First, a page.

From Squatter to Judicial Expert : A Paradoxical Entrepreneur's Path
This process depends on a physical network and expert human labor, i.e. the entire value chain of communication industry, starting from the infrastructure (machines, wiring, satellites) up to the end user, through a myriad of institutions that support the network, whose heterogeneity again is too vast to be embraced in a few lines (from ICANN to service companies through access providers, site managers, producers of software and content, etc.).
This complex ecosystem emerged in a few decades. If the material development required heavy investments and a strong political will, as in a planned economy, content production largely escapes centralization and the rules in this field are not yet defined. Today, they are subject of intense debates beyond the scope of the small number of precursors who developed its basic architecture. This inevitable - and democratic – appeal to the public arena introduces new issues and new challenges.
Among these issues, one of the most fundamental is embodied by the ability to record diverse elements of our behavior, that were previously most of the time unconscious. The recording of personal digital data opens up promising perspectives for researchers, but generates also many threats, since its process of collection and use is not yet fully controlled. This topic is central in policy debates over the internet infrastructure, and for the laws supposed to regulate people's behavior. For instance, when an individual uses Airbnb, he is taking advantage of some primitive accumulation of capital in terms of personal data and the associated algorithm and in return he is increasing its potency, without necessarily being aware of it.
Because of this asymmetry of information, I have chosen to address this topic by analyzing the moral career of actors who have contributed and continue to contribute to the construction of this new economy, and that we can consider as economic entrepreneurs, but also as moral entrepreneurs (Becker 1963). This population is very heterogeneous, and I will attach myself to describe one specific group: the individuals considered here are characterized by a paradoxical career path, which begins with some alternative ideological commitments and continues through an institutional conversion (the integration in a more “traditional” structure).
The starting point of this study is almost fortuitous: initially studying philosophy and having very little contact with IT industry at the turn of the 2000s, I participated, with friends who had more skills in these areas, in the making of a "3D printer". This machine was made in a "squat", occupied by a collective claiming the propaganda of the deed (Maitron 1955) and proposing an alternative model of social organization. The professed ethics included community life, the rejection of the consumer society, and the coupling of work and leisure, teaching and learning, etc. (Bouillon 2009).
This group has not survived in its original form, nor managed to achieve - at least apparently - his claims. Yet, some of these claims were paradoxically achieved. Indeed, a few years after completing our machine, the group split into several small companies that pursued some of the original claims. For myself, I contributed to the founding and development of a consulting company operating in the world of innovative SMEs while pursuing a sociology research on the forms of secondary socialization, construction of collective action standards in emerging collectives and their impact on the institutional environment (Gheorghiu 2010 – unpublished). It is this work, characterized by a longitudinal observant participation approach that continues here.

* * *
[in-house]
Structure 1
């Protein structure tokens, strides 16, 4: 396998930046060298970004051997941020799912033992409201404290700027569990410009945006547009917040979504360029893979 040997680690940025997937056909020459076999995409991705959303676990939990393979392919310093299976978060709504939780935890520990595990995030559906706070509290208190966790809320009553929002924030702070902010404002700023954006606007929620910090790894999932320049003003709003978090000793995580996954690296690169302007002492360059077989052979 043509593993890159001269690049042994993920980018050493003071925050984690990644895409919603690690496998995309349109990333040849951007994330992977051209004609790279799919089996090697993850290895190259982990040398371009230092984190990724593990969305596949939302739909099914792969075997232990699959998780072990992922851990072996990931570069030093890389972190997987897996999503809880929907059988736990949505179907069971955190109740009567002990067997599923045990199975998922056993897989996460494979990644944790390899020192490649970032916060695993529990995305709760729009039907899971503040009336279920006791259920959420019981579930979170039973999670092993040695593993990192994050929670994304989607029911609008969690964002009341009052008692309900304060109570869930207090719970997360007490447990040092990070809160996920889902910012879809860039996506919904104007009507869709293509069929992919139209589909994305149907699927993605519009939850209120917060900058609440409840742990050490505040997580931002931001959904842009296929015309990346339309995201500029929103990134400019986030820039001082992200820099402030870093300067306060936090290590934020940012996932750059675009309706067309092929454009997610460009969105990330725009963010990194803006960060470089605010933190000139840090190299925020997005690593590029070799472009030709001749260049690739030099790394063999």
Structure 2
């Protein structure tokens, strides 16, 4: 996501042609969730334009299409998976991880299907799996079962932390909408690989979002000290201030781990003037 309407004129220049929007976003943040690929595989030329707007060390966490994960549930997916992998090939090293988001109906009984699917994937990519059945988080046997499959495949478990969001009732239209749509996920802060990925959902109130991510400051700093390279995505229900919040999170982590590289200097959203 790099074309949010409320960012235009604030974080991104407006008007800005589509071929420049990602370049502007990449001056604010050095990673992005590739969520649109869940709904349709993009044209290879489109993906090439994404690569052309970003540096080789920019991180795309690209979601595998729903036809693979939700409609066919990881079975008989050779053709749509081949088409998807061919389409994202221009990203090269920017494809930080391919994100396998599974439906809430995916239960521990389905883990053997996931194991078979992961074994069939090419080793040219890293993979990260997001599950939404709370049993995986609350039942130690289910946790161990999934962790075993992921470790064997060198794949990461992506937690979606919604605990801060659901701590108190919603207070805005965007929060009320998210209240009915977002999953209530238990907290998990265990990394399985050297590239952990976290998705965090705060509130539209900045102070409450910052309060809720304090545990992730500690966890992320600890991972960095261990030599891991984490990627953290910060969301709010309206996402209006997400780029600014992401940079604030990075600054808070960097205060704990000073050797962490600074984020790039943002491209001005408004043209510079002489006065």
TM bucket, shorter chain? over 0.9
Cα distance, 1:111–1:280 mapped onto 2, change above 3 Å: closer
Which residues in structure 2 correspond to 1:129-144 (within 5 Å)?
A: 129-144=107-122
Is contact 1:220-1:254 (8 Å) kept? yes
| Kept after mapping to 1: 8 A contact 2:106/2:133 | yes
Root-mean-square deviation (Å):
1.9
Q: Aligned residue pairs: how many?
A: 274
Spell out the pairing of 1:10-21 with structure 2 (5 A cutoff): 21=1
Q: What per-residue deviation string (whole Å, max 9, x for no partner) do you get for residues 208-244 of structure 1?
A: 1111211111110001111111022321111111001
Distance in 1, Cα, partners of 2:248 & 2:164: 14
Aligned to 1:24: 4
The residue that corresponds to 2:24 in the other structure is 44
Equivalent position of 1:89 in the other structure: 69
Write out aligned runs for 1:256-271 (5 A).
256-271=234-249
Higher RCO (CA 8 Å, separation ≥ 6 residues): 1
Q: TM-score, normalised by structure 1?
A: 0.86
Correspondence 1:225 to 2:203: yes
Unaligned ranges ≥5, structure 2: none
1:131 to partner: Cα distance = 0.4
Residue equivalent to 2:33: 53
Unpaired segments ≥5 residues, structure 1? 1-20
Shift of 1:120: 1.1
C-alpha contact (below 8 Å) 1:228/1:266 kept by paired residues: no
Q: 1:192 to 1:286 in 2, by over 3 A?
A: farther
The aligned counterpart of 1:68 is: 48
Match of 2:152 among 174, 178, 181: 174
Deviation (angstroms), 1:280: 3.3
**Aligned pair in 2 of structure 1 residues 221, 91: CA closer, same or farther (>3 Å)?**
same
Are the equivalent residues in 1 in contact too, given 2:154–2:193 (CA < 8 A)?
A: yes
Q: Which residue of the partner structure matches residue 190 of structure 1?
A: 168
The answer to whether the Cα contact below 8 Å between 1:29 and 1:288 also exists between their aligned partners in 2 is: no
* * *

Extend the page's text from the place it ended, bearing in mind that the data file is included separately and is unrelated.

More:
I have noticed in the investigated environment the presence of a strong minority of entrepreneurs which experienced a previous significant episode of volunteering, and more precisely the kind of commitment towards alternative ideology, a phenomenon which seems to be shared on the both sides of the Atlantic (Turner 2006). One can be surprised how easily the members of these collectives converted to the digital economy. Several explanations have already been given to this phenomenon: some assert that the earlier claims had no ideological identity and were not based on a firm ground, that they were mostly produced by circumstances. The conversion of these actors to the market economy resembles to the return of the prodigal son, a Y Generation finally reaching the age of reason.
Other subtler explanations argue that the unstable nature of Internet blurs the boundaries enough to make the conversion less painful. Its indetermination figures a territory where the individual liberty could bloom. But is it then a simple conversion? Will the beliefs and hopes invested by this new generation of entrepreneurs come up against harsh economic realities? Will these realities transform the outline, selecting the most reasonable, eliminating the awkward, and those with the least resources suited to maintaining their commitment?
Perhaps, but the selection process is not a timeless mechanism assessing the quality of resources, their degree of adaptation to the context; this process is precisely determined by the relationships between the various investments that constitute it (Bourdieu 1979, 1980, Henry 2012). It is therefore appropriate not to disqualify the original claims of these entrepreneurs but rather to scrutinize closely the various stages of processing to interpret "what particular type of man" and mental dispositions are emerging in this new context. To contribute to the exploration of the effects of the commodification of everyday life, I propose to analyze and interpret the moral adaptations and existential DIY that made possible the conversion of a group of squatters to company founders and judicial experts.